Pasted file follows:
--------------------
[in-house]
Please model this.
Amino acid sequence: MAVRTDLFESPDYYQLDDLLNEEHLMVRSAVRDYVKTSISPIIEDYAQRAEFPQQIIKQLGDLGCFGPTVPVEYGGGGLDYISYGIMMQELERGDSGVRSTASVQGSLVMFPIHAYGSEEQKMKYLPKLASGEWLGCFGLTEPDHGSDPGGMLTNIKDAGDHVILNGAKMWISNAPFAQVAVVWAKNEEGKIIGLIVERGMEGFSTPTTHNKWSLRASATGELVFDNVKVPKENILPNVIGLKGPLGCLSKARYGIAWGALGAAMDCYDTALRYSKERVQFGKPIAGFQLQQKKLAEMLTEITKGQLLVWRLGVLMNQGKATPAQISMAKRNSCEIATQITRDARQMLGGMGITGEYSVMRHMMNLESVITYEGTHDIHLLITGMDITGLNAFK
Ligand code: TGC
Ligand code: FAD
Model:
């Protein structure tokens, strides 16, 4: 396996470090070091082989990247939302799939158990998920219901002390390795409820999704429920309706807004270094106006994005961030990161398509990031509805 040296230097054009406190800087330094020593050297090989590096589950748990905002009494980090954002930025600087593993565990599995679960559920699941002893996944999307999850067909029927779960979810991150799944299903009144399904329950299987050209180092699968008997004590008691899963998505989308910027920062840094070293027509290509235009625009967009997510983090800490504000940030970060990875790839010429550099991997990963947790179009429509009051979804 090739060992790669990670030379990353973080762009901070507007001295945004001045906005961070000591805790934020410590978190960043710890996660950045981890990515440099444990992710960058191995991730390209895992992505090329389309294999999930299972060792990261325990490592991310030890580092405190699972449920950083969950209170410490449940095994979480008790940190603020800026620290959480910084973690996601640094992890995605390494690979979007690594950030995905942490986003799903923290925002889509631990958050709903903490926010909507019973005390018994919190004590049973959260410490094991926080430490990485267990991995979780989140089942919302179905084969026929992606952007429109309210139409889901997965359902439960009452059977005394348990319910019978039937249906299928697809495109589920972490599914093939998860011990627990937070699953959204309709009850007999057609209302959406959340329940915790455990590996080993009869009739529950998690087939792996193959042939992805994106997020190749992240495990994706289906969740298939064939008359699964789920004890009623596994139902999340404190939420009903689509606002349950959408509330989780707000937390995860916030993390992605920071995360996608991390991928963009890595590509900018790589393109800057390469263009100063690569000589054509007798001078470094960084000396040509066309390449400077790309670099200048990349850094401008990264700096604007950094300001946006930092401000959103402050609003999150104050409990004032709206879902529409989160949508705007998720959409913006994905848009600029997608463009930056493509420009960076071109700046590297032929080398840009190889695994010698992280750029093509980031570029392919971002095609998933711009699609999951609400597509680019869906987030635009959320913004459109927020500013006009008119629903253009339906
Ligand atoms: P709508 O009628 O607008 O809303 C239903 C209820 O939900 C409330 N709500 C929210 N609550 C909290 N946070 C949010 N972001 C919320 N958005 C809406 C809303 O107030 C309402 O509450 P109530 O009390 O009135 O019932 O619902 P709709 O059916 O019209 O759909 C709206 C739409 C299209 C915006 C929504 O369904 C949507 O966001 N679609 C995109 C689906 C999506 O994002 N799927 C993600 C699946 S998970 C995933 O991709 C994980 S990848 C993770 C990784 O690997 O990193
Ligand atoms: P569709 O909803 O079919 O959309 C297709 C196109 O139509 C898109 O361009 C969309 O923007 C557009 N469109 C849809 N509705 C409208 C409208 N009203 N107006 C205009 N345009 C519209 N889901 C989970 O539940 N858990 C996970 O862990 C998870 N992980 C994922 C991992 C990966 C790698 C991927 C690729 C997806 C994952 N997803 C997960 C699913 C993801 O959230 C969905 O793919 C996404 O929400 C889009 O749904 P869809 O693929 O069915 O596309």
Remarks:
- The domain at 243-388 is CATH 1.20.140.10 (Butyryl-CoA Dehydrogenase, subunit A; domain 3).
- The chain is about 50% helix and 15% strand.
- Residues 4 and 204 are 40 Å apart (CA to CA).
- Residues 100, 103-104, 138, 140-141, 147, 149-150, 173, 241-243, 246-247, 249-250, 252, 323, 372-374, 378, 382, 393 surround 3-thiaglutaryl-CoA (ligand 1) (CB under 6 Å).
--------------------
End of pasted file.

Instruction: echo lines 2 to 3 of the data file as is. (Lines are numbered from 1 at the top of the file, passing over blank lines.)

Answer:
Please model this.
Amino acid sequence: MAVRTDLFESPDYYQLDDLLNEEHLMVRSAVRDYVKTSISPIIEDYAQRAEFPQQIIKQLGDLGCFGPTVPVEYGGGGLDYISYGIMMQELERGDSGVRSTASVQGSLVMFPIHAYGSEEQKMKYLPKLASGEWLGCFGLTEPDHGSDPGGMLTNIKDAGDHVILNGAKMWISNAPFAQVAVVWAKNEEGKIIGLIVERGMEGFSTPTTHNKWSLRASATGELVFDNVKVPKENILPNVIGLKGPLGCLSKARYGIAWGALGAAMDCYDTALRYSKERVQFGKPIAGFQLQQKKLAEMLTEITKGQLLVWRLGVLMNQGKATPAQISMAKRNSCEIATQITRDARQMLGGMGITGEYSVMRHMMNLESVITYEGTHDIHLLITGMDITGLNAFK